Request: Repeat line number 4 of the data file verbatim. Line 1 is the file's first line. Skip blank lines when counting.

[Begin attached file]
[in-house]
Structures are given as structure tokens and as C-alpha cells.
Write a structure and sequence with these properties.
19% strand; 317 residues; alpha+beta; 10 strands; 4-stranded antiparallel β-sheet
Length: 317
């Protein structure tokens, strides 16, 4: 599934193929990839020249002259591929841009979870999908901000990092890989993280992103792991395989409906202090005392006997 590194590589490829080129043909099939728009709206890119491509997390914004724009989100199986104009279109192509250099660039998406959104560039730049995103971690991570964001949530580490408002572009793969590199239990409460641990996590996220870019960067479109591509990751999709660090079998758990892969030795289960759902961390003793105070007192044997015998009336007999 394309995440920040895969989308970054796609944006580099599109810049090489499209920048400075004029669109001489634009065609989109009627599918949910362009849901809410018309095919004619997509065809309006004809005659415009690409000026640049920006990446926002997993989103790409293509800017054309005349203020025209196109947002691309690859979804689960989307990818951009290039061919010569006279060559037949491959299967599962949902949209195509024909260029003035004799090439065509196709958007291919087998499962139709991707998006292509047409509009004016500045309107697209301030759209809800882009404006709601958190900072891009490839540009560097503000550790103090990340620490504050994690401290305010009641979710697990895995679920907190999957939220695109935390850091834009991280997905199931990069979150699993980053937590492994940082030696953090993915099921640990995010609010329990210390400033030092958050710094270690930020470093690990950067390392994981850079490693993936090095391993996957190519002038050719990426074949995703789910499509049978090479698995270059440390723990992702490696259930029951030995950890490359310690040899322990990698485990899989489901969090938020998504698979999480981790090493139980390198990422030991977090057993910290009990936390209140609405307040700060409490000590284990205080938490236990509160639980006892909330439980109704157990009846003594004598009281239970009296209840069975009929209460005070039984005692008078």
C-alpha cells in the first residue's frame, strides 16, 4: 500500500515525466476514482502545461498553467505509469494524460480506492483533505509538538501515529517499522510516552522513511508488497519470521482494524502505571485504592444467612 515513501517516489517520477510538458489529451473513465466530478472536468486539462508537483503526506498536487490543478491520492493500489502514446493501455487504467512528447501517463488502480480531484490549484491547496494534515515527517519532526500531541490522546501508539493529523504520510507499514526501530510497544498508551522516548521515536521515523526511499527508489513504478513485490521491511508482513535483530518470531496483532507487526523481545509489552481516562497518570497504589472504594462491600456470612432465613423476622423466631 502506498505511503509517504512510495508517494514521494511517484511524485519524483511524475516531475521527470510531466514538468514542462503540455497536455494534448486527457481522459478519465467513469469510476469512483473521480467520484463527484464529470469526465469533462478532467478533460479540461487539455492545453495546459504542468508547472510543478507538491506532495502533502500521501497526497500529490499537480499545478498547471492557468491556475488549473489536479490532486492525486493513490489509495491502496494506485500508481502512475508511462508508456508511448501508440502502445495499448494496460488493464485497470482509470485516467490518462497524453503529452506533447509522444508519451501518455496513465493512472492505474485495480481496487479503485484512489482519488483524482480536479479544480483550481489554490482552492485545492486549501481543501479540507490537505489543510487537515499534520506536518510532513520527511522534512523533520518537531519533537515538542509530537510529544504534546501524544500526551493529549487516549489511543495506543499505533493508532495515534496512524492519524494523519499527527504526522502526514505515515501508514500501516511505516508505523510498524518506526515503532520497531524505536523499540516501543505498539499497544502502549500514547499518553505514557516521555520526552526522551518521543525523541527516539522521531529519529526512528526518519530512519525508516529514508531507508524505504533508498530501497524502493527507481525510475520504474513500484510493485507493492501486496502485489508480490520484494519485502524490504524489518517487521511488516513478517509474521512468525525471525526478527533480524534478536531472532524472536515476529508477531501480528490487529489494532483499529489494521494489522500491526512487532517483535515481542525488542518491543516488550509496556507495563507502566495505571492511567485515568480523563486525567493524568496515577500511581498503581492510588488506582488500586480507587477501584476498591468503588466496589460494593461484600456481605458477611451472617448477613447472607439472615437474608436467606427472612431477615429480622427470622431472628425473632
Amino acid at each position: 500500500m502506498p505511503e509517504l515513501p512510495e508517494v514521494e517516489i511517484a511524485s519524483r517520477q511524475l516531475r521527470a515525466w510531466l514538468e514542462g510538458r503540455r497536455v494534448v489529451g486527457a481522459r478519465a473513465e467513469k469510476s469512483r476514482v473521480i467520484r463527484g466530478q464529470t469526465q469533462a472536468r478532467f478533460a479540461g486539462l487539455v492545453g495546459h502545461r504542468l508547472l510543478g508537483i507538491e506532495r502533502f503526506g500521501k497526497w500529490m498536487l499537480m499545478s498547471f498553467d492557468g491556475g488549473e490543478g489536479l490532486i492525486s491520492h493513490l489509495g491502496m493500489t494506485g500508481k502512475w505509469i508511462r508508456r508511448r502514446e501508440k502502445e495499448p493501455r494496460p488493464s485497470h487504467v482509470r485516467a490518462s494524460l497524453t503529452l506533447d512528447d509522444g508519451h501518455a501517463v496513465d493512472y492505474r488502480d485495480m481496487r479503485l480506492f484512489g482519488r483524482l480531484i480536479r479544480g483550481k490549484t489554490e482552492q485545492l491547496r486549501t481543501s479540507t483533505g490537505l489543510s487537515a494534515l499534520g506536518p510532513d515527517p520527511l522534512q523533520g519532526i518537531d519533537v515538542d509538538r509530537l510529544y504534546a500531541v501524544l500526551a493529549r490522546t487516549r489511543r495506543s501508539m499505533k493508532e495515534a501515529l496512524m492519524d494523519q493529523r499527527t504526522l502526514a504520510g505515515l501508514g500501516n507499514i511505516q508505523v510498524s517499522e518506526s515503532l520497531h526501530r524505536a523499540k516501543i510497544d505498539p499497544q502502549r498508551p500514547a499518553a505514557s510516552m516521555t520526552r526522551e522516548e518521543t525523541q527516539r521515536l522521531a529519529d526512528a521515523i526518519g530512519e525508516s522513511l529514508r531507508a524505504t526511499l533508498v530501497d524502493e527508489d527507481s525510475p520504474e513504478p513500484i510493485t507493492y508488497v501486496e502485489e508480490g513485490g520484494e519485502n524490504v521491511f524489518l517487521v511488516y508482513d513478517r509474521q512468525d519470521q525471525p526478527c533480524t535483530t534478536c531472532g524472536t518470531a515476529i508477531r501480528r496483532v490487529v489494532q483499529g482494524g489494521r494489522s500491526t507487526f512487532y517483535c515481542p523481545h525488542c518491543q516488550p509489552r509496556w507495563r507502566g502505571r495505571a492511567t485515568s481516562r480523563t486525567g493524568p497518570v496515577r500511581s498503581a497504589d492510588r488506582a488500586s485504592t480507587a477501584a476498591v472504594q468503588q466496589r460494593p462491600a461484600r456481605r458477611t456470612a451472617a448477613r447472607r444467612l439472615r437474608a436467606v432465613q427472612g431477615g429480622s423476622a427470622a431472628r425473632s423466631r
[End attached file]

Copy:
19% strand; 317 residues; alpha+beta; 10 strands; 4-stranded antiparallel β-sheet